How did you decide on the structure? The story itself is pretty thin.

I wanted to run all through the idea of clips, like YouTube stuff, through a filmic filter. I wanted it to seem like the images were just flying or falling from outer space. I wanted to develop a new vernacular, at least for myself. It was an appropriation of images and ideas that were familiar and iconic to people, but I ran it through this fucked-up filter that spit them out in a new way. The movie is about energy more than anything, a feeling, what happens when you get lost. It’s not about spring break; it’s about when you drive a couple of miles away from spring break and you’re out on the boardwalk by the beach in this weird, fucked up, drunk place. It’s like beach noir. I really wanted the film to be about surfaces. I told [cinematographer] Benoit [Debie] at the beginning that I wanted it to look like candy — like he had lit the movie with Skittles. It was about this dance of surfaces. The meaning is the residue that drips down below the surface.



Courtesy of TIFF’s official YouTube channel.



Along with some more press from Venice (The second video is dubbed in Italian but shows more clips from the film aswell as another interview with Harmony Korine and the cast, albeit foreign audio):



PressPlay (IndieWire)ThePlaylist (IndieWire)The Hollywood Reporter, The GuardianTime OutThe Telegraph and Variety have all posted up reviews for Spring Breakers. View at will. And also a new video from Venice’s official YouTube channel:





The first press screening of Spring Breakers was earlier today and IndieWire had the opportunity to see it. They have posted their review on their site, click to read or see below:

This will make you feel old: it has been 18 years since Harmony Korine wrote “Kids” at the age of 21, with the Larry Clark directed film proving to be something of a firecracker in the midst of mid-90s indie cinema, by turns controversial, seedy, and honest. Korine made his own directorial debut with 1998’s “Gummo,” and over the last 15 or so years has made films that (with the possible exception of “Mister Lonely”), push aesthetic & critical boundaries further and further, culminating in 2009’s “Trash Humpers,” a film shot on a VHS camcorder, featuring a cast in old-people masks generally trying to provoke the audience into walking out. So where could he possibly go from there?

By making “Spring Breakers,” a curiously mainstream (at least by Korine’s standards) crime/exploitation picture — that could be described as “Drive” by way of Russ Meyer, Terry Richardson and “Point Blank” — featuring a bevy of teen starlets best known for wholesome work on the Disney Channel, and a performance from restless A-lister James Franco that might just be one of the actor’s best to date.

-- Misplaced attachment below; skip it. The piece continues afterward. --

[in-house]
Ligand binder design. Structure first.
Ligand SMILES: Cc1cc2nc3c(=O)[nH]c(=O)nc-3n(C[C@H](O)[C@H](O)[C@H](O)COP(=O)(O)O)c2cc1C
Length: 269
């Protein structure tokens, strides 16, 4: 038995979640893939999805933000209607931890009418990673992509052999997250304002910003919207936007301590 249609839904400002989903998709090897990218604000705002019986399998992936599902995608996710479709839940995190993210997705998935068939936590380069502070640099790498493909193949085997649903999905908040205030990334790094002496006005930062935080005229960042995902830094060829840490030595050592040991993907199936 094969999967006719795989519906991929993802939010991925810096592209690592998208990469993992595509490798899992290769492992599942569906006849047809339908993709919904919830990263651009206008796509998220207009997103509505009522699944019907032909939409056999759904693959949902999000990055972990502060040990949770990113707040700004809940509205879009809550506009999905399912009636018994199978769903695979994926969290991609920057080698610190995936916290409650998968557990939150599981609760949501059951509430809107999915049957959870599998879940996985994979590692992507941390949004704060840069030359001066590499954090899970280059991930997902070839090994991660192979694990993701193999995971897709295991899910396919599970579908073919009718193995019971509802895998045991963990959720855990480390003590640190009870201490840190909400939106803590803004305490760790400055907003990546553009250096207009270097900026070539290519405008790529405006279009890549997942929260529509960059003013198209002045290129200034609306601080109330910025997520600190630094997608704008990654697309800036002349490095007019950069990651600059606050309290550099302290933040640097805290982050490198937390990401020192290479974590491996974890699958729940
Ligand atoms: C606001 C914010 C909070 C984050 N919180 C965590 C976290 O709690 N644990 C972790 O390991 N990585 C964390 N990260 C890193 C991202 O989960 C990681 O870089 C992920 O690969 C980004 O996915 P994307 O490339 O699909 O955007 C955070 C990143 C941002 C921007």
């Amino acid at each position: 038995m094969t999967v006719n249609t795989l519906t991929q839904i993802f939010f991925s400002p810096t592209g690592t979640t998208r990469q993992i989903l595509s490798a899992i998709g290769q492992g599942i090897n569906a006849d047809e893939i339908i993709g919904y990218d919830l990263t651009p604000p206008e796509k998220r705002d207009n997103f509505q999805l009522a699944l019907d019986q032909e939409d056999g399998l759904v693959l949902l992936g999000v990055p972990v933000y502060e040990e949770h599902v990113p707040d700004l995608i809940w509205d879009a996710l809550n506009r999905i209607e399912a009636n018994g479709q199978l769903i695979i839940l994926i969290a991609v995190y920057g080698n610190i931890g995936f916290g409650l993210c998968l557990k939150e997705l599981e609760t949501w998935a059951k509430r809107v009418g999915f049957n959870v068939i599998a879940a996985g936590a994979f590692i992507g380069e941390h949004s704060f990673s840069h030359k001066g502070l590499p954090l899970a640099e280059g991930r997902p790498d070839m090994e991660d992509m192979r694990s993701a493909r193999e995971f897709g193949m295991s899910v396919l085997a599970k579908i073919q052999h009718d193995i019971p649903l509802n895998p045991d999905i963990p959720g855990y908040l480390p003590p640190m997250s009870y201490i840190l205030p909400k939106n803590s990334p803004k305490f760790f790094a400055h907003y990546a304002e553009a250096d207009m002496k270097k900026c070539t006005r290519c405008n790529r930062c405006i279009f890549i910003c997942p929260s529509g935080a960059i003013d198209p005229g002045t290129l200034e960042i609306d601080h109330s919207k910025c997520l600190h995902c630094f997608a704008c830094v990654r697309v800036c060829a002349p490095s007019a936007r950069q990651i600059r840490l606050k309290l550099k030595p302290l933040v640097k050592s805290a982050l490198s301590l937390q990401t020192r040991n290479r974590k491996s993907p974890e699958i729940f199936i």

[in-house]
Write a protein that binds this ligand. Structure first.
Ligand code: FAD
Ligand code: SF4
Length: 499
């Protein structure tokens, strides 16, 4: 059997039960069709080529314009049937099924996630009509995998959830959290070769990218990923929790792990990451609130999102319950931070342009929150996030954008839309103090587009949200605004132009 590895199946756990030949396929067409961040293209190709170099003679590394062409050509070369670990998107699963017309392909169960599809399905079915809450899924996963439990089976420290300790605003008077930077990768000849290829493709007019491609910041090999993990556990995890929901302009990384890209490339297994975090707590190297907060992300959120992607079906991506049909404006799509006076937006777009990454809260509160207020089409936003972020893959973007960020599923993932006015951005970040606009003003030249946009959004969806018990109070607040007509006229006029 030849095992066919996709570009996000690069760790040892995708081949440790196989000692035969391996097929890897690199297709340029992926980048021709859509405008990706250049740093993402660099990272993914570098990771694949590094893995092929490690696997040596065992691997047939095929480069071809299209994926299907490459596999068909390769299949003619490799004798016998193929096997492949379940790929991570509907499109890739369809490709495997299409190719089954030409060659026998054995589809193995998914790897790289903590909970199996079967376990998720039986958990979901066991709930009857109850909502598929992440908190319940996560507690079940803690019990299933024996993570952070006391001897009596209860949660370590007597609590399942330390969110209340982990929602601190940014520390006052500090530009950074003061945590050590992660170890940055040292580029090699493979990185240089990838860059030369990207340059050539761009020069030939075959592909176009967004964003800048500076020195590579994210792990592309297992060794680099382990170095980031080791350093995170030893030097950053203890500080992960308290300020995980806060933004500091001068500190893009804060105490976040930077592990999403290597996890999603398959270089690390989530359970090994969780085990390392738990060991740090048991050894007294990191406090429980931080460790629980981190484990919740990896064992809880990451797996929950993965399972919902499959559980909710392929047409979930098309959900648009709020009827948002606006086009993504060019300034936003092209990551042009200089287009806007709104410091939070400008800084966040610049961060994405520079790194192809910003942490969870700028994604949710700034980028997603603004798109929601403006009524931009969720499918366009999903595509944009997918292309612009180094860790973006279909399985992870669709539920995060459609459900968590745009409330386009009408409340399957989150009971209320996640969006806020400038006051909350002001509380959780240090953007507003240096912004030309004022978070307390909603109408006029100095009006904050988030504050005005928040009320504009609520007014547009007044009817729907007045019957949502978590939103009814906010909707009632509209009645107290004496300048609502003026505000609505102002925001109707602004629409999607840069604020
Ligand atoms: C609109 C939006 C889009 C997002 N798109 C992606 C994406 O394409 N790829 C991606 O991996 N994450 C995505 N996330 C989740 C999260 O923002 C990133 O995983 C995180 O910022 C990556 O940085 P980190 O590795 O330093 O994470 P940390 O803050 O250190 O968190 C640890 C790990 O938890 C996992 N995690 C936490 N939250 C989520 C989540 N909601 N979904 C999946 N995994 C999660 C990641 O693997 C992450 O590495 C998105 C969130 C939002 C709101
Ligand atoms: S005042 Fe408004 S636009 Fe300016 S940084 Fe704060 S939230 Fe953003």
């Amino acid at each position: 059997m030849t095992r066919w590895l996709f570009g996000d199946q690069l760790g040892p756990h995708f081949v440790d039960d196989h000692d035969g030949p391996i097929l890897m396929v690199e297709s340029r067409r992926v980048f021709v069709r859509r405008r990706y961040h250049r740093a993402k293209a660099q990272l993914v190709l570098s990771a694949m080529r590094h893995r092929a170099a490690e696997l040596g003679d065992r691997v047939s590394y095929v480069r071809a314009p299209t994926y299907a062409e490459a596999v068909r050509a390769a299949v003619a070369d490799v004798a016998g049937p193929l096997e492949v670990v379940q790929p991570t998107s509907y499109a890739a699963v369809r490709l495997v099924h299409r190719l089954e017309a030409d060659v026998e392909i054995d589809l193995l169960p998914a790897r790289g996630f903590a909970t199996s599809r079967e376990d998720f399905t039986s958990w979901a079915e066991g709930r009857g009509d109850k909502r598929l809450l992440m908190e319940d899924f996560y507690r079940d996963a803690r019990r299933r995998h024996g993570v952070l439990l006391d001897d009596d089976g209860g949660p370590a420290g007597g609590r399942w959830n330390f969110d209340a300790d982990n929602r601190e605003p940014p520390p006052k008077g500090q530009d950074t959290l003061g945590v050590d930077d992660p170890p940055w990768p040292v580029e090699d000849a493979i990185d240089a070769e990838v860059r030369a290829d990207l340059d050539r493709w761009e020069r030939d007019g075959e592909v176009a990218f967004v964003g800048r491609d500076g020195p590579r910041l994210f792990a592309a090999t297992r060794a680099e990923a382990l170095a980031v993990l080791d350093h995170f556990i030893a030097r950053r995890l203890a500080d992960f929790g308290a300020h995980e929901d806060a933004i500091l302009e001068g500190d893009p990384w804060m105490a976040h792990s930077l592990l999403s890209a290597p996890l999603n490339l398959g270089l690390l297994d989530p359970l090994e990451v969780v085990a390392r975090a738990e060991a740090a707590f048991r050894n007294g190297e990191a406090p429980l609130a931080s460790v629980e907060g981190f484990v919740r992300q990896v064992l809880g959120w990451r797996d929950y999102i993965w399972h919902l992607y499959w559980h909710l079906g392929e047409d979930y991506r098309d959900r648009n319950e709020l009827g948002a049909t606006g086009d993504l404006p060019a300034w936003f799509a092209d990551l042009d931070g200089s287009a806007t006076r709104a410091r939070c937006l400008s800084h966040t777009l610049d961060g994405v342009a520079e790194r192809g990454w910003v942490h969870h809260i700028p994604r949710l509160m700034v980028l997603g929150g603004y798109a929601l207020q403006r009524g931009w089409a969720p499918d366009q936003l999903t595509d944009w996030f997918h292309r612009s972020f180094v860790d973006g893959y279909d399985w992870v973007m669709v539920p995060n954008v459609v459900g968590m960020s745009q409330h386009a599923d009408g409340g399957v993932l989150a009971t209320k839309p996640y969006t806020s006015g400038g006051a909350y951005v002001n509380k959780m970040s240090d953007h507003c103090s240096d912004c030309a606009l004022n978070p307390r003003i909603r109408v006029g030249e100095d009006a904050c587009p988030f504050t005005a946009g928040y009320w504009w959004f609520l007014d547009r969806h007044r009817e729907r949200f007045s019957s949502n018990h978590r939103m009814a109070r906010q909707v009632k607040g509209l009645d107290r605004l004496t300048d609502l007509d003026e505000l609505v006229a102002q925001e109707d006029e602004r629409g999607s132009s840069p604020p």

The plot is fairly simple, all told. Faith (Selena Gomez), Candy (Vanessa Hudgens), Brit (Ashley Benson) and Cotty (Rachel Korine) are four lifelong friends at the same college campus. Lone brunette Faith is more straight-laced, and nominally Christian, while the others have more fearsome, hard-partying reputations.

They’re planning on heading to Florida for Spring Break, but are short on cash, and so to raise the additional funds, Candy, Brit and Cotty knock over a fast-food restaurant. The job goes off without a hitch, and they’re soon down south partying with the other boys and girls gone wild. The dream looks to be over, however, when they’re picked up on drugs charges by the cops.

But fortunately, they’ve come to the attention of local gangster/would-be-rapper Alien (Franco), who pays off their fines, and takes them under his wing, falling for Brit and Candy in the process. But when he comes into conflict with another dealer, his former best friend Archie (rapper Gucci Mane), which of the girls will stick out spring break by his side, and which will head back to college – or worse?

It’s clear from the off that this is going to be something very different for Korine, with a slow-motion opening sequence of topless co-eds drinking beer bongs on the beach that could be lifted straight from a “Girls Gone Wild” tape or a sleazy music video, albeit one with high production values.

The director’s working with a whole new style here, and thanks to DoP Benoit Debie, the film looks legitimately fantastic – a colourful, neon-lit nighttime aesthetic highly reminiscent of this summer’s other Florida-set picture, “Magic Mike” (the two will make a hell of a double bill one day). There’s also some dazzling camerawork, including a genuinely awe-inspiring crane shot of a pool party with what looks like thousands of extras, and a brilliantly choreographed tracking shot of the robbery seen through the window of the getaway car.

It’s also different because, if it’s art, and it probably is, it’s firmly a piece of pop art. The soundtrack (when not driven by the score from Cliff Martinez and Skillrex) is for the most part up-to-the-minute hi-NRG teen pop and hip-hop, with Nicki Minaj, Ellie Goulding, The Weeknd, and Waka Flocka Flame all making appearances, along with a robbery montage scored, brilliantly, to Britney Spears.

The colors, the thin character development, the movie references (Alien has “Scarface” playing permanently on repeat), all add up to the cinematic equivalent of something by Jeff Koons – glossy, bright and ultimately disposable. Korine nudges towards saying things about the American dream, materialism, and the need to escape as you break out into your his teens, but never really lets anything of substance emerge. He’s much happier, in this case, making an immaculately stylish exploitation picture. Those looking for something as genuinely shocking as his other work should go elsewhere – there are moments that’ll grab TMZ headlines (coke, some nudity mostly from Mrs. Korine, a “Wild Things” style swimming pool threesome), but nothing truly dangerous.

Which isn’t to say that it’s uninteresting, cinematically speaking. The mood (again, as with “Magic Mike”) is curiously downbeat and sad for much of the film – even as the girls have the best time of their lives, they know it’s coming to an end. Even as they enter a life of crime, they know it can only end badly. And the phenomenal editing by Douglas Crise (a former assistant editor for Sodebergh, who also cut “Babel” and “Arbitrage,” among others) really pushes that to the forefront, rarely letting the viewer settle in to a “present,” constantly hopping around in time, and even repeating fragments and shots.